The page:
What's The Future of Cancer Immunotherapy? World Renowned Cancer Expert Shares His Perspective

curncman
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When should we consider allo-HSCT in a patient with ALL? And when not?

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When should we consider allo-HSCT in a patient with ALL? And when not?

curncman
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Joined: Fri Jun 26, 2020 8:27 am

Is AUTO1 CAR T-cell therapy effective in reducing toxicity and enhancing T-cell activation in ALL?

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Is AUTO1 CAR T-cell therapy effective in reducing toxicity and enhancing T-cell activation in ALL?

curncman
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Joined: Fri Jun 26, 2020 8:27 am

What’s the latest innovation in CAR-T therapy? Fast-off, dual targeting, and other new tricks

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What’s the latest innovation in CAR-T therapy? Fast-off, dual targeting, and other new tricks

curncman
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Joined: Fri Jun 26, 2020 8:27 am

Future directions for cancer immunotherapy

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STAT Webinar: Future directions for cancer immunotherapy

curncman
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Cellular Immunotherapy Against CNS Malignancies

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Cellular Immunotherapy Against CNS Malignancies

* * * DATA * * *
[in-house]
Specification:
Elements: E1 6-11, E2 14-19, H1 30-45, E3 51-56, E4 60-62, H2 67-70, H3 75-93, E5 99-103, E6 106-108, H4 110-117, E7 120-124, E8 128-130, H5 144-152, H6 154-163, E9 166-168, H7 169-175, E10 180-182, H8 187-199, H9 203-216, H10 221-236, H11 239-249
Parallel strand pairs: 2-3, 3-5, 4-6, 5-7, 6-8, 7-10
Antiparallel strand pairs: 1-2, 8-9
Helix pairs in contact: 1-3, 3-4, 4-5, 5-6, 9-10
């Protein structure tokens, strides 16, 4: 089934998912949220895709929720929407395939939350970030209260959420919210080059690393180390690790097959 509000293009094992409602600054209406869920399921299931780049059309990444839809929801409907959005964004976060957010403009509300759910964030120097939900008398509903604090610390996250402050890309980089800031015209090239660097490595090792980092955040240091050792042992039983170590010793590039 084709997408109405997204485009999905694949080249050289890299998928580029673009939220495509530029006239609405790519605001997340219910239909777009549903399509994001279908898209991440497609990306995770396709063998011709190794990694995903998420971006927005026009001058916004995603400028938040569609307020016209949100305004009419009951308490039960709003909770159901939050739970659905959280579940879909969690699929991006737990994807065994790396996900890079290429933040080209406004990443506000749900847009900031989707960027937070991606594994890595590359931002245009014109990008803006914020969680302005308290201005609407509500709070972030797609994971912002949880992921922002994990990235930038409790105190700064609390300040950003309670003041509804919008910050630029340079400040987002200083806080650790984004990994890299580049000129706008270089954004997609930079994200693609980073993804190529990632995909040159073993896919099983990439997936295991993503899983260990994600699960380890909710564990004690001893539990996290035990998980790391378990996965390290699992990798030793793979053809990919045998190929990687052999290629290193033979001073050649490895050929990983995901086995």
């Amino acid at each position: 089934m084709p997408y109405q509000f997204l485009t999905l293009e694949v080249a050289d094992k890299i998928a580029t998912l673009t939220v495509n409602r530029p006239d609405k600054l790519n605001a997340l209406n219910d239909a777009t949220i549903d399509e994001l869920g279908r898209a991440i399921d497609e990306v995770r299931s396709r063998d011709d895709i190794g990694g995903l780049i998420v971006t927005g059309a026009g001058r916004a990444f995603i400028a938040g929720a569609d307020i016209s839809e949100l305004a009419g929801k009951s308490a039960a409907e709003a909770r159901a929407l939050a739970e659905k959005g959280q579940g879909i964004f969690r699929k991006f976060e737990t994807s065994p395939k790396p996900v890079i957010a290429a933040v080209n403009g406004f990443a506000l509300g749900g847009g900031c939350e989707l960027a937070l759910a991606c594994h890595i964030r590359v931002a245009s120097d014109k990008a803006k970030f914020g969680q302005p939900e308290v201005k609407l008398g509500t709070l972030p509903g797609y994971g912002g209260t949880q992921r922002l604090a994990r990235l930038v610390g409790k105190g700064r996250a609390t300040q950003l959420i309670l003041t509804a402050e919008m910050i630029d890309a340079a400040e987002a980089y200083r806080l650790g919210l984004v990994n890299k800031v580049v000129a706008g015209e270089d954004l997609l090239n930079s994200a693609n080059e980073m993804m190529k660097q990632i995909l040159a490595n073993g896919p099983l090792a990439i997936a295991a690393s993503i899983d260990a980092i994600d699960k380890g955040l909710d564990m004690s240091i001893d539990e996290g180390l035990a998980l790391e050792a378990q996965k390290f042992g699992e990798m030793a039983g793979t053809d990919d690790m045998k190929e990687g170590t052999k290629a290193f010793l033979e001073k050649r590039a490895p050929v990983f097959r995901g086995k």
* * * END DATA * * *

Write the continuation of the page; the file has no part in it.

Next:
curncman
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Re: What's The Future of Cancer ImmunotherapNew Hampshire cancer reseay? World Renowned Cancer Expert Shares His Perspec

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New Hampshire cancer researchers find cellular evidence behind lasting immune response in some cancer survivors

https://us.yahoo.com/news/hampshire-can ... 00430.html

Mar. 26—LEBANON — Researchers at Dartmouth's and Dartmouth-Hitchcock's Norris Cotton Cancer Center (NCCC), New Hampshire's only NCI-designated Comprehensive Cancer Center, have found that a certain subpopulation of cells that enters a patient's skin and blood during immunotherapy is behind the excellent and long-lasting immune responses to cancer that some survivors develop. No prior study has demonstrated cellular evidence of such long-lived immunity to cancer.

Some melanoma patients respond very well to immunotherapy, experiencing profound and durable tumor regression. A fraction of these patients will also develop autoimmunity against their normal melanocytes — the cells that give rise to melanoma — a phenomenon called vitiligo. Melanoma survivors with vitiligo have long been recognized as a special group with an outstanding prognosis, and a strong response of immune system cells called T cells.